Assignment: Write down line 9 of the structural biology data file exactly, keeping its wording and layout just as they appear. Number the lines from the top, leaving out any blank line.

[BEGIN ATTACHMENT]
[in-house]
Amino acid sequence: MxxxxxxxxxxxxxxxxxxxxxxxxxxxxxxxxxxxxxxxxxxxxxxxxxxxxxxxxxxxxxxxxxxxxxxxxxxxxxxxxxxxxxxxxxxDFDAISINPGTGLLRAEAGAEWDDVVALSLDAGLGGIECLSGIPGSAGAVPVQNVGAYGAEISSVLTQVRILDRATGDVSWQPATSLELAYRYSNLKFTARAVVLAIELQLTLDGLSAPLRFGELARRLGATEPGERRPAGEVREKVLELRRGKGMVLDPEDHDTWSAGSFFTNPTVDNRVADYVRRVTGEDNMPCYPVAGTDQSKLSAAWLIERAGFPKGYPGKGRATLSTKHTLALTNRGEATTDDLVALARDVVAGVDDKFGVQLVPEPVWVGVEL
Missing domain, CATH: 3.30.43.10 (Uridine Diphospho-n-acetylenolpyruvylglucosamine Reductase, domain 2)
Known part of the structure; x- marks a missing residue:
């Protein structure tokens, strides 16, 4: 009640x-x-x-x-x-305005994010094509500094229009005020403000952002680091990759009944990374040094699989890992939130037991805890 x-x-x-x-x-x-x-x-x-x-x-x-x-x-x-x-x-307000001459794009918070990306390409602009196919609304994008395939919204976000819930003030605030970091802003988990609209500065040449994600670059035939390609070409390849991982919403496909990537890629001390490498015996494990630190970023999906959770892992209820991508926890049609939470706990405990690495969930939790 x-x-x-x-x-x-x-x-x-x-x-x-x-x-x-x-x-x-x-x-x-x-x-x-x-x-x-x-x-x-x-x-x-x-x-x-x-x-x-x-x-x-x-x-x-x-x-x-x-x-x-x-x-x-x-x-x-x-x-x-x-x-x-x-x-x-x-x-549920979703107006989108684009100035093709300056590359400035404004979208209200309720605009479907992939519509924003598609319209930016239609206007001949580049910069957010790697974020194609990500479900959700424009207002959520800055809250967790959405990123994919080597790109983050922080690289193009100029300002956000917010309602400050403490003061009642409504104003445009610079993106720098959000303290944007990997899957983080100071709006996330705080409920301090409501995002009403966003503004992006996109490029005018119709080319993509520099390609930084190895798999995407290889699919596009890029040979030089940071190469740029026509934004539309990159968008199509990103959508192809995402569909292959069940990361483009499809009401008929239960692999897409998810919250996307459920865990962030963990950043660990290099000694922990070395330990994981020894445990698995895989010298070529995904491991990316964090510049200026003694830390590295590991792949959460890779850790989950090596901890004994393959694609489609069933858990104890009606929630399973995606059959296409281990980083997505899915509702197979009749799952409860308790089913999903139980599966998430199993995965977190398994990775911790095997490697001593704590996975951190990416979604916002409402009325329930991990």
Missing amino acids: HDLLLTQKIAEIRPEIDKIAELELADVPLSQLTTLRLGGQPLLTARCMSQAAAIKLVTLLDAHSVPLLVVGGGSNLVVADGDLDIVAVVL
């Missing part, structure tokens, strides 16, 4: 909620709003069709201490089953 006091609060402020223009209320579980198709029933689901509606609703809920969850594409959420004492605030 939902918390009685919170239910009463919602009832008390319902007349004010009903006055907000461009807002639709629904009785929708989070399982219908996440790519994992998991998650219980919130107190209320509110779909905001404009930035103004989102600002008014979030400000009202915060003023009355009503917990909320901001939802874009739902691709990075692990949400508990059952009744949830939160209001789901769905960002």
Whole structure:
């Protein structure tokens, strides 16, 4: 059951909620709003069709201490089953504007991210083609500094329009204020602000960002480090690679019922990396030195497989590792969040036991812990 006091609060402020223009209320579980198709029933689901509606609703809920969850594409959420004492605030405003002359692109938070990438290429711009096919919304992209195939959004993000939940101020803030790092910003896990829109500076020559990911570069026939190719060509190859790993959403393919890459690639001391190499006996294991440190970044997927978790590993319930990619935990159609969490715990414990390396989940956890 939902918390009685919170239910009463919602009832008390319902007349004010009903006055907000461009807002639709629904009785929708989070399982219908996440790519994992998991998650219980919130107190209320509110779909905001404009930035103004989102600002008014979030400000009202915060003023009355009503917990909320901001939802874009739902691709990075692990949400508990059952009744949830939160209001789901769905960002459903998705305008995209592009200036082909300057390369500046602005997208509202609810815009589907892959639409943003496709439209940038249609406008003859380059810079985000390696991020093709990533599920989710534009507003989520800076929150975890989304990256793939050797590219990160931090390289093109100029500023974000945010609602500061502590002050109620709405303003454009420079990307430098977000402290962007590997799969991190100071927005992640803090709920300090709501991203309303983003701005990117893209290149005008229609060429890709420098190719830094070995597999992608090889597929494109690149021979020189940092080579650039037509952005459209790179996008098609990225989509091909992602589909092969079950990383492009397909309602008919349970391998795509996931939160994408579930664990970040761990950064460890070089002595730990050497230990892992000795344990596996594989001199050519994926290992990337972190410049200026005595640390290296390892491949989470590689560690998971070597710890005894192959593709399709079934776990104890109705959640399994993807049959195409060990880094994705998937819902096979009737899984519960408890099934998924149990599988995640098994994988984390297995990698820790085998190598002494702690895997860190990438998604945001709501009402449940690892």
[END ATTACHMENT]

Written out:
């Protein structure tokens, strides 16, 4: 059951909620709003069709201490089953504007991210083609500094329009204020602000960002480090690679019922990396030195497989590792969040036991812990 006091609060402020223009209320579980198709029933689901509606609703809920969850594409959420004492605030405003002359692109938070990438290429711009096919919304992209195939959004993000939940101020803030790092910003896990829109500076020559990911570069026939190719060509190859790993959403393919890459690639001391190499006996294991440190970044997927978790590993319930990619935990159609969490715990414990390396989940956890 939902918390009685919170239910009463919602009832008390319902007349004010009903006055907000461009807002639709629904009785929708989070399982219908996440790519994992998991998650219980919130107190209320509110779909905001404009930035103004989102600002008014979030400000009202915060003023009355009503917990909320901001939802874009739902691709990075692990949400508990059952009744949830939160209001789901769905960002459903998705305008995209592009200036082909300057390369500046602005997208509202609810815009589907892959639409943003496709439209940038249609406008003859380059810079985000390696991020093709990533599920989710534009507003989520800076929150975890989304990256793939050797590219990160931090390289093109100029500023974000945010609602500061502590002050109620709405303003454009420079990307430098977000402290962007590997799969991190100071927005992640803090709920300090709501991203309303983003701005990117893209290149005008229609060429890709420098190719830094070995597999992608090889597929494109690149021979020189940092080579650039037509952005459209790179996008098609990225989509091909992602589909092969079950990383492009397909309602008919349970391998795509996931939160994408579930664990970040761990950064460890070089002595730990050497230990892992000795344990596996594989001199050519994926290992990337972190410049200026005595640390290296390892491949989470590689560690998971070597710890005894192959593709399709079934776990104890109705959640399994993807049959195409060990880094994705998937819902096979009737899984519960408890099934998924149990599988995640098994994988984390297995990698820790085998190598002494702690895997860190990438998604945001709501009402449940690892």